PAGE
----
President Obama’s budget request to invest an additional $3.5 billion in the US military presence in Europe is a strong expression of the American commitment to deter Russia and to defend NATO allies, Commander of US Army in Europe, Gen. Ben Hodges, said at GLOBSEC Chat in Bratislava on 14 March 2016. However, the effective defence of the NATO territory faces serious national procedural hurdles that only member states can remove.

General Hodges stressed that the mobility of allied forces was crucial: While you might have only a week to recognise an eventual Russian attack against a NATO ally, Slovak law requires that an allied transit of military equipment be announced at least 30 days in advance. Given the geographic position of Slovakia on the route between the southern and northern allies on the Eastern flank, this needs to be addressed in Bratislava.

The GLOBSEC Chat with General Hodges was organised by Slovak Atlantic Commission (SAC), partnered by Central European Policy Institute (CEPI) and chaired by CEPI’s director Milan Nič. Attended by newly elected members of the Slovak parliament, government officials, academics and experts on defence and security, this closed-door session was followed by a briefing for the media.

As General Hodges put it, it is better to be prepared to defend borders than to fight an expensive liberation campaign: What we have forward is critical as it provides politicians with some options. By establishing NATO Force Integration Units (NFIU) in the frontier countries, the Alliance will identify deficiencies and improve its territorial defence capability.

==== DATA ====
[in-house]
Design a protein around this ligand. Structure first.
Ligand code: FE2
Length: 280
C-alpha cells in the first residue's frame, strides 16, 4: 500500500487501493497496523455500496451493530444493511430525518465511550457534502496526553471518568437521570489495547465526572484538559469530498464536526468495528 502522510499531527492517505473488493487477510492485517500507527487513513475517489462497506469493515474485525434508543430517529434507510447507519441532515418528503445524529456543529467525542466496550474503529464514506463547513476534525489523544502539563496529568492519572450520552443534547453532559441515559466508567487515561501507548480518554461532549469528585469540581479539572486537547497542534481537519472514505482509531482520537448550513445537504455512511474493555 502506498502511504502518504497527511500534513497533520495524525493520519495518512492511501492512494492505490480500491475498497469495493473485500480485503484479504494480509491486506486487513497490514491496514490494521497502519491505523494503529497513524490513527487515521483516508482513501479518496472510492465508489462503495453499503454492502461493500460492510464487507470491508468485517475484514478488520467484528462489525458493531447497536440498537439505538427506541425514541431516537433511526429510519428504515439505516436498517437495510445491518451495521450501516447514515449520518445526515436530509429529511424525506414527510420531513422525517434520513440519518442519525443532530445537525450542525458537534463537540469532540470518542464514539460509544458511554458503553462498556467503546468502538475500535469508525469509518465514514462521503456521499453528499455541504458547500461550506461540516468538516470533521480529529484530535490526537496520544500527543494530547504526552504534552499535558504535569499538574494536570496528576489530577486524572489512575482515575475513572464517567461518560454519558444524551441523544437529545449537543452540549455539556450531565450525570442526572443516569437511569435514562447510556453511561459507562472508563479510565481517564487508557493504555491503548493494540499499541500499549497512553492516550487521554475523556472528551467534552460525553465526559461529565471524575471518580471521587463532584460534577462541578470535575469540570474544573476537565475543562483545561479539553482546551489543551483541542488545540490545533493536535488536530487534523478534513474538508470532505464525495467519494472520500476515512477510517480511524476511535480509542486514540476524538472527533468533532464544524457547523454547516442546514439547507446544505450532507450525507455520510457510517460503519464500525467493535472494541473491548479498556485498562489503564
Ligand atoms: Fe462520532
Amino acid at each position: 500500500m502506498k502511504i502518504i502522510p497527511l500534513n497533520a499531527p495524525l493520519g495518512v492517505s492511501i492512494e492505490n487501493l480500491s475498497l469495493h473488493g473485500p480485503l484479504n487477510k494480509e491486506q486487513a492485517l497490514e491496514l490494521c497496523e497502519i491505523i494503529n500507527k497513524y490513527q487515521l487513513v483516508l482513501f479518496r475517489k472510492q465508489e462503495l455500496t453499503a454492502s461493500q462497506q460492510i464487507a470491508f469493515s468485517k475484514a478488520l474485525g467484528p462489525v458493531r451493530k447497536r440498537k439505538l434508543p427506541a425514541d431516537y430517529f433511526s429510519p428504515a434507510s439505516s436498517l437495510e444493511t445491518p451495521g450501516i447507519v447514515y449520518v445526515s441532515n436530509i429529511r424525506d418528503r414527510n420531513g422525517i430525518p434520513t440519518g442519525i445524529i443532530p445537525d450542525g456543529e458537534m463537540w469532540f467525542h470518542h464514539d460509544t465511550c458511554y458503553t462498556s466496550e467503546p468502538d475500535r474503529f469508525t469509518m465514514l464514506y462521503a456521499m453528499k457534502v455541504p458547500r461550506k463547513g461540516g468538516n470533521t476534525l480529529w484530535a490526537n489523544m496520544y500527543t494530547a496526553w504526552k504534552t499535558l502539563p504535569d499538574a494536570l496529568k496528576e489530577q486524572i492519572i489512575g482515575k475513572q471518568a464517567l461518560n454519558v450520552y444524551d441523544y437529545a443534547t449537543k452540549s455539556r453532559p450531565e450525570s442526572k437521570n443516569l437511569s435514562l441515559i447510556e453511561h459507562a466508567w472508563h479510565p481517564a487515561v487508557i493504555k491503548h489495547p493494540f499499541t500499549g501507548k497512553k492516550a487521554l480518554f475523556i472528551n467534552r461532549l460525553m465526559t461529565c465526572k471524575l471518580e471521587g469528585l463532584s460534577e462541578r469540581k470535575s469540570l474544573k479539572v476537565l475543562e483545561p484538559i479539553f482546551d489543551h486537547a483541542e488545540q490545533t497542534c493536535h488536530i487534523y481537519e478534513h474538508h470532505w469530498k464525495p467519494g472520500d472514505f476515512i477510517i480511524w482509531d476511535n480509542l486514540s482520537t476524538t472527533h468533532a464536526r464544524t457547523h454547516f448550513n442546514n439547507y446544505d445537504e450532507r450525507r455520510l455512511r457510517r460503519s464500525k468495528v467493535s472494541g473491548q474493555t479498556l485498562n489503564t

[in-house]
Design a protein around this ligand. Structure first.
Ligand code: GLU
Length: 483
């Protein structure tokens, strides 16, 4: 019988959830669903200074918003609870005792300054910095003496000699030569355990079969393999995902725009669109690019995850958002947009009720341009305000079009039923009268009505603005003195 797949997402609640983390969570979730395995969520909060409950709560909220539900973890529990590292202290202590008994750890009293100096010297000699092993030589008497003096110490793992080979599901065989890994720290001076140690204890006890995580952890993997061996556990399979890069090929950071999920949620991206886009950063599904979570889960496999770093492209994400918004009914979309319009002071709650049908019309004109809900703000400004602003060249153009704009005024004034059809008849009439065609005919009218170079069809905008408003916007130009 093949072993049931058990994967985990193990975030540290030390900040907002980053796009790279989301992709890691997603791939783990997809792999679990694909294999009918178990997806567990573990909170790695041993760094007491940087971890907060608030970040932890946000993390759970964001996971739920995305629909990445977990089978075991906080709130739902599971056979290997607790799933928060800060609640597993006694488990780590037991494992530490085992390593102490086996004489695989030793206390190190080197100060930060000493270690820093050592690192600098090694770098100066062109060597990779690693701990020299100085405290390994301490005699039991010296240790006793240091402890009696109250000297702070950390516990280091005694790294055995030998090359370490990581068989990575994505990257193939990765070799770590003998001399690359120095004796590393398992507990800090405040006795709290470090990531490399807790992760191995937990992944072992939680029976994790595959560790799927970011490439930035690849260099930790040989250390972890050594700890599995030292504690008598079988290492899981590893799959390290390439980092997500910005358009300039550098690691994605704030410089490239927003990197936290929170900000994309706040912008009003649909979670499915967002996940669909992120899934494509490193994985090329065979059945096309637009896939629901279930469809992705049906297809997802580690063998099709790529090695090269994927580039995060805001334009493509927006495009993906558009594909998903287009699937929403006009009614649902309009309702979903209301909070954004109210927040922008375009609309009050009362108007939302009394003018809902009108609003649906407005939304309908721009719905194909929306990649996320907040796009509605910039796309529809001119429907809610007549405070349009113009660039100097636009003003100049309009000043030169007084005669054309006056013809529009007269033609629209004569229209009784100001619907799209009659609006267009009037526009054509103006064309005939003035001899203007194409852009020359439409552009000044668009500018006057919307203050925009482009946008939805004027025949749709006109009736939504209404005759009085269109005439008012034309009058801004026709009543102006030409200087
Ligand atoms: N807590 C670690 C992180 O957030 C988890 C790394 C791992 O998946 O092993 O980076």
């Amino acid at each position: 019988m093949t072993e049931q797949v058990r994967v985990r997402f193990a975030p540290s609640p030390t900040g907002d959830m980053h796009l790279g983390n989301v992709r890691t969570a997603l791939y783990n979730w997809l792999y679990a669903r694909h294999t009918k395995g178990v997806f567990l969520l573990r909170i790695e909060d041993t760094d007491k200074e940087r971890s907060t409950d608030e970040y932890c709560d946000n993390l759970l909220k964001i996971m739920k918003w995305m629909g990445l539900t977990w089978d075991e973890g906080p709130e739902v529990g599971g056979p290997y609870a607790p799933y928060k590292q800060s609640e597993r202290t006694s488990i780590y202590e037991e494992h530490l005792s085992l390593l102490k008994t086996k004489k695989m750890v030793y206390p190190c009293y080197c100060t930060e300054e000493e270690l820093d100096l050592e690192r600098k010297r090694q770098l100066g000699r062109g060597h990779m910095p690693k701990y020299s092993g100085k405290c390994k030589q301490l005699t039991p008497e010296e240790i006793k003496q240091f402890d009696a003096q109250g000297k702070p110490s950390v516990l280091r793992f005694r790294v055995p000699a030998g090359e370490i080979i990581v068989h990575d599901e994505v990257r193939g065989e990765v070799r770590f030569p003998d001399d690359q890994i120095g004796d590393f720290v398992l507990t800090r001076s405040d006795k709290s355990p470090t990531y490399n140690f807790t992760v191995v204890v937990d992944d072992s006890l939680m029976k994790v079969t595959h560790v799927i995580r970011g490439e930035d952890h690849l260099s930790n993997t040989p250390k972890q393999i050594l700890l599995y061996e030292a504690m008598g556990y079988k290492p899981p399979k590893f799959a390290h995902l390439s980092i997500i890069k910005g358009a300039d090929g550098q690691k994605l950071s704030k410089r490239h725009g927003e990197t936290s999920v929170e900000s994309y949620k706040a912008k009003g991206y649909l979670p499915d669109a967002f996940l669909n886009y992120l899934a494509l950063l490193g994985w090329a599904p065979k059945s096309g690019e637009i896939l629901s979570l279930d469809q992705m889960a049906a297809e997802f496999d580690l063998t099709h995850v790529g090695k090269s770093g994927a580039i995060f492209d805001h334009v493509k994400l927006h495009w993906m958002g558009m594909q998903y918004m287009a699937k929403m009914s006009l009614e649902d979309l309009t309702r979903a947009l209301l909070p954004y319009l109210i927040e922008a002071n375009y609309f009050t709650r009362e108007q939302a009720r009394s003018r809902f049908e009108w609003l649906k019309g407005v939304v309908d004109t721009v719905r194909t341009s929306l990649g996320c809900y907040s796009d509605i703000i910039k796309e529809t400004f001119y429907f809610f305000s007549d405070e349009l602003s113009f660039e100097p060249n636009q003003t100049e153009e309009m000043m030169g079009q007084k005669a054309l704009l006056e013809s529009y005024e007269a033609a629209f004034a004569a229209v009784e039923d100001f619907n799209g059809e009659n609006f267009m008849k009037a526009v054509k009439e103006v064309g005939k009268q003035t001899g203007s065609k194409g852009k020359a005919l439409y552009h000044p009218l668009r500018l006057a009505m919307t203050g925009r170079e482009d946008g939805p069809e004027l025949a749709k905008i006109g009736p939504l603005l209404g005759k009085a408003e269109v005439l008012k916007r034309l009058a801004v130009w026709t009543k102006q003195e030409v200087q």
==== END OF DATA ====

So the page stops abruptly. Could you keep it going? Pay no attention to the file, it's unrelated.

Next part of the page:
General Hodges does not underestimate Russia, as they can organise a large-scale snap exercise – as they have done repeatedly in the past two years – and start a war by denying access to the Baltic states from Kaliningrad, a potentially highly militarised hot spot equipped with Iskander missiles, anti-ship missiles, and advanced air defence systems. Another possibility is that Russians try to deny access to the Black Sea (even from the Danube river) by using the illegally annexed Crimea as a foothold.

“Strength is what Russia respects and our strength is the unity within the Alliance,“ Gen. Hodges said. This is what the potential opponent would try to disrupt by spreading disinformation and creating confusion, employing cyber-attacks, provoking domestic tensions, and sending in the “little green men“. Therefore, the speed of recognition and decision-making without perfect information by NATO member countries would be essential. He stressed that this would not be a provoked attack as the annexation of Crimea was not either.

The US Army Commander in Europe confirmed that it is irrefutable that Russians are in the Donbass (even at the leadership level), providing the militants with arms and ammunition. Concerning their campaign in Syria, he sees the Russian motives threefold: first, to preserve their foothold in the region; second, to demonstrate to their own population and the World their military capabilities (such as cruise missiles); third, to detract target audiences from Ukraine, where more than 400 soldiers died since the Minsk agreement and the violence has been increasing.

For a TV report (in Slovak) covering the briefing, see here (from 20 min).